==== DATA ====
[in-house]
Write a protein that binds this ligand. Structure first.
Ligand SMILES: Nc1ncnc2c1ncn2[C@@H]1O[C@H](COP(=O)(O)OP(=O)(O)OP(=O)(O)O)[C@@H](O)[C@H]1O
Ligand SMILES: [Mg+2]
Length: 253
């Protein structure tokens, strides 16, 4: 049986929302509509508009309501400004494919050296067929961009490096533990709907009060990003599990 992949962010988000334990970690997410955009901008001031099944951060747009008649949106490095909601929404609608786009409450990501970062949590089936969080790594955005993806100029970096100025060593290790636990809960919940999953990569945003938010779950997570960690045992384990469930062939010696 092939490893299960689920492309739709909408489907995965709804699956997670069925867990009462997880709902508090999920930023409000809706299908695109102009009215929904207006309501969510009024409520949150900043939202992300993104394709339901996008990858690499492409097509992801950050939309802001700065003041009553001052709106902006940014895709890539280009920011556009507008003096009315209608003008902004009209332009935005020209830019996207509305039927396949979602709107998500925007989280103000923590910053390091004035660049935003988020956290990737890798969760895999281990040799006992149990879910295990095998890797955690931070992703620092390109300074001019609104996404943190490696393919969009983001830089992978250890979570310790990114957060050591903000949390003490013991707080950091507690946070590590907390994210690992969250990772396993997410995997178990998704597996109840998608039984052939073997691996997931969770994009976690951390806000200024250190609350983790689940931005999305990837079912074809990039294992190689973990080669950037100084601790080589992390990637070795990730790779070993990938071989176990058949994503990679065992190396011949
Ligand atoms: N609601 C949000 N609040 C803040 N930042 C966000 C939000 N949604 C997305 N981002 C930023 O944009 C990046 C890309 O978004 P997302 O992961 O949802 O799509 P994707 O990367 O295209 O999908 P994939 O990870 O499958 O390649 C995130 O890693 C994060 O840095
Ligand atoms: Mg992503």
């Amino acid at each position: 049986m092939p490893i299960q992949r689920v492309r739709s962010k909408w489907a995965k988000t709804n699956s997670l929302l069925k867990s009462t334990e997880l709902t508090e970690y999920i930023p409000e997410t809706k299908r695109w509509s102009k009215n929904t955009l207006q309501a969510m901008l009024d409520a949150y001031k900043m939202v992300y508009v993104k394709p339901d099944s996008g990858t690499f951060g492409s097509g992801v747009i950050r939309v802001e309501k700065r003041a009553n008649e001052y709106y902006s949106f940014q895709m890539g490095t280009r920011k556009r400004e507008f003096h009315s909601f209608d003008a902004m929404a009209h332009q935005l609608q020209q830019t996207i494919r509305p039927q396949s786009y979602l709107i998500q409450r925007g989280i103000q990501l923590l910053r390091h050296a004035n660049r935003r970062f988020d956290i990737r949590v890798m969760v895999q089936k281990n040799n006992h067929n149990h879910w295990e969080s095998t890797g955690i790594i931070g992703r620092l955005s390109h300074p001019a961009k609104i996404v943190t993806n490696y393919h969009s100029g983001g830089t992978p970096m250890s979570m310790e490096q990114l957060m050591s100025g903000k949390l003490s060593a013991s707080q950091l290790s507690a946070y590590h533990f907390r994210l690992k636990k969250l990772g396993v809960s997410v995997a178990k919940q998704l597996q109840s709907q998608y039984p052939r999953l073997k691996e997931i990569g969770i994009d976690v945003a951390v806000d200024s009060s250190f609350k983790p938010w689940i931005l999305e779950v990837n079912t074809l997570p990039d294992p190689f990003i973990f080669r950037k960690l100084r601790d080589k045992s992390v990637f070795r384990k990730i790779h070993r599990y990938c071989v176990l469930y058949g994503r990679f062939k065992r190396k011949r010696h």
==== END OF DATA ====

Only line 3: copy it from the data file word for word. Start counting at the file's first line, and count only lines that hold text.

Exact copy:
Ligand SMILES: Nc1ncnc2c1ncn2[C@@H]1O[C@H](COP(=O)(O)OP(=O)(O)OP(=O)(O)O)[C@@H](O)[C@H]1O